|Publication number||US6939603 B2|
|Application number||US 10/087,716|
|Publication date||Sep 6, 2005|
|Filing date||Mar 1, 2002|
|Priority date||Mar 22, 2001|
|Also published as||DE60201079D1, DE60201079T2, EP1373598A1, EP1373598B1, US20020136884, WO2002083985A1|
|Publication number||087716, 10087716, US 6939603 B2, US 6939603B2, US-B2-6939603, US6939603 B2, US6939603B2|
|Original Assignee||Siemens Westinghouse Power Corporation|
|Export Citation||BiBTeX, EndNote, RefMan|
|Patent Citations (32), Referenced by (7), Classifications (30), Legal Events (5)|
|External Links: USPTO, USPTO Assignment, Espacenet|
This application claims benefit of the Mar. 22, 2001, filing date of U.S. Provisional Patent Application Ser. No. 60/277,807.
This invention related generally to the field of materials, and more particularly to materials insulated with a ceramic thermal barrier coating, and specifically to a ceramic material having inclusions deposited a predetermined depth below a top surface for forming a plurality of stress relieving cracks at the top surface.
It is well known to provide a ceramic thermal barrier coating on a surface of a component that will be exposed to very high operating temperatures. One such component that has received much public notoriety is the United States space shuttle vehicle. More commonplace applications for such technology include the hot combustion gas portions of a gas turbine engine, as may be used for aircraft propulsion or electrical power generation.
Ceramic materials generally have excellent hardness, heat resistance, abrasion resistance and corrosion resistance, and they are therefore very desirable for high temperature machine applications such as gas turbines and the like. However, ceramic materials are easily fractured by tensile stresses and exhibit a high degree of brittleness. To improve upon the fracture toughness of a ceramic thermal barrier coating material, it is known to utilize a columnar grained microstructure. Microstructure gaps between the individual columns allow the columnar grains to expand and to contract with changes in temperature without developing stresses that could cause spalling. Unfortunately, such gaps may close once the component is placed into operation due to the sintering of the sides of adjacent columns.
A crack at the surface of a ceramic material may function to relieve thermally induced stresses in a manner similar to the microstructure gaps of a columnar material. Vertical surface segmentation (i.e. normal to the component surface) will be observed if a material is exposed to thermal cycling or thermal shock resulting in thermal stresses that exceed the strength of the material. The material releases its strain energy by creating the crack surfaces, thereby improving its overall strain tolerance. Such cracks propagate from the free surface into the material and may stop after they reach a certain distance into the material. However, such surface cracks often continue to propagate into the material due to the concentration of stresses at the crack tip, and they may result in catastrophic failure of the ceramic coating and/or underlying component.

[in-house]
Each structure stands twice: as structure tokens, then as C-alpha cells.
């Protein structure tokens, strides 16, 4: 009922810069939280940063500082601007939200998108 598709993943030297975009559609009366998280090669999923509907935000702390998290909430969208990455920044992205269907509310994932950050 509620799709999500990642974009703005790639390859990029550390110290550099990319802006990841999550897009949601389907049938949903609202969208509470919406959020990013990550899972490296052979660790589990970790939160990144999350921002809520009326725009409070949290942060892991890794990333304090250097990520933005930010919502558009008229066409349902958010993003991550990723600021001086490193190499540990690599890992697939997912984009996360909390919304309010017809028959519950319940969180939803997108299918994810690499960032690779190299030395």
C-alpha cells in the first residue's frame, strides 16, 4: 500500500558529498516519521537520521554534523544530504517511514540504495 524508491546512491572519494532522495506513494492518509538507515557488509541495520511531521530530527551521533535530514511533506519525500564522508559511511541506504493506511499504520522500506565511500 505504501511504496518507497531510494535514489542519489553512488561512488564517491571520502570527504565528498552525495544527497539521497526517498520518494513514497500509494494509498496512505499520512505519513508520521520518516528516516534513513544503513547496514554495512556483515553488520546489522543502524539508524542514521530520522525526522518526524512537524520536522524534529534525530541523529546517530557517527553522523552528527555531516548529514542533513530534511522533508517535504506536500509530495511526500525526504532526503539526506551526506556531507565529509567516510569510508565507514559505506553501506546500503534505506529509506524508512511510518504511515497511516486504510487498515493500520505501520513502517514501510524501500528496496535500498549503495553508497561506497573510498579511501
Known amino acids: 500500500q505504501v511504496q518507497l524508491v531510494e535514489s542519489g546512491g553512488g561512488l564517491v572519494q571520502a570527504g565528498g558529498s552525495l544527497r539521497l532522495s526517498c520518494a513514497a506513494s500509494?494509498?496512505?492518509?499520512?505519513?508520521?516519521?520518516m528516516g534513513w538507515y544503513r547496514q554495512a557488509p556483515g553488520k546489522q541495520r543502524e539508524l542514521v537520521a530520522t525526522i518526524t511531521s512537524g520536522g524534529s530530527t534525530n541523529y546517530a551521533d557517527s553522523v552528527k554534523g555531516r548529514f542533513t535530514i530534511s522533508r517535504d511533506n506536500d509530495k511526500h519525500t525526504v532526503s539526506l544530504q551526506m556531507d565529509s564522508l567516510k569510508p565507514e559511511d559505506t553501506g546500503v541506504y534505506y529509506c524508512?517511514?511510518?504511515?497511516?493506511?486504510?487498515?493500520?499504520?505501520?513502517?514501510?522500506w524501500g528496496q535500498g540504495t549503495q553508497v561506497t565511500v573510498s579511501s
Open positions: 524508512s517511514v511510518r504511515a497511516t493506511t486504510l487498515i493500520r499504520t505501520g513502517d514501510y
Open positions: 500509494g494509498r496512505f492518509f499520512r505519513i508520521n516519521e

Accordingly, it would be desirable to have a ceramic thermal barrier coating material that exhibits an improved resistance to thermal shock and improved fracture toughness. It is also desirable to form a component utilizing such a coating to protect a substrate material during high temperature operation.
A thermal barrier coating is disclosed herein as including a layer of a ceramic material having a free surface; a plurality of inclusions disposed below the free surface of the layer of ceramic material; and a plurality of cracks extending from respective ones of the plurality of inclusions to the free surface.
A method of fabricating such a thermal barrier coating is described herein as including the steps of: selecting a thermal barrier coating matrix material; forming inclusion particles of a material having a coefficient of thermal expansion greater than that of the thermal barrier coating matrix material; forming a layer of the thermal barrier coating material having a plurality of the inclusion particles disposed below a free surface of the layer; and, heating the layer of thermal barrier coating material and inclusion particles to cause a plurality of cracks to form between the respective inclusion particles and the free surface.
The method may further include heating the layer of the thermal barrier coating material and inclusion particles to a temperature sufficiently high to cause the material of the inclusion particles to evaporate and to diffuse through the respective cracks. Such a method will produce a thermal barrier coating wherein the inclusions comprise voids.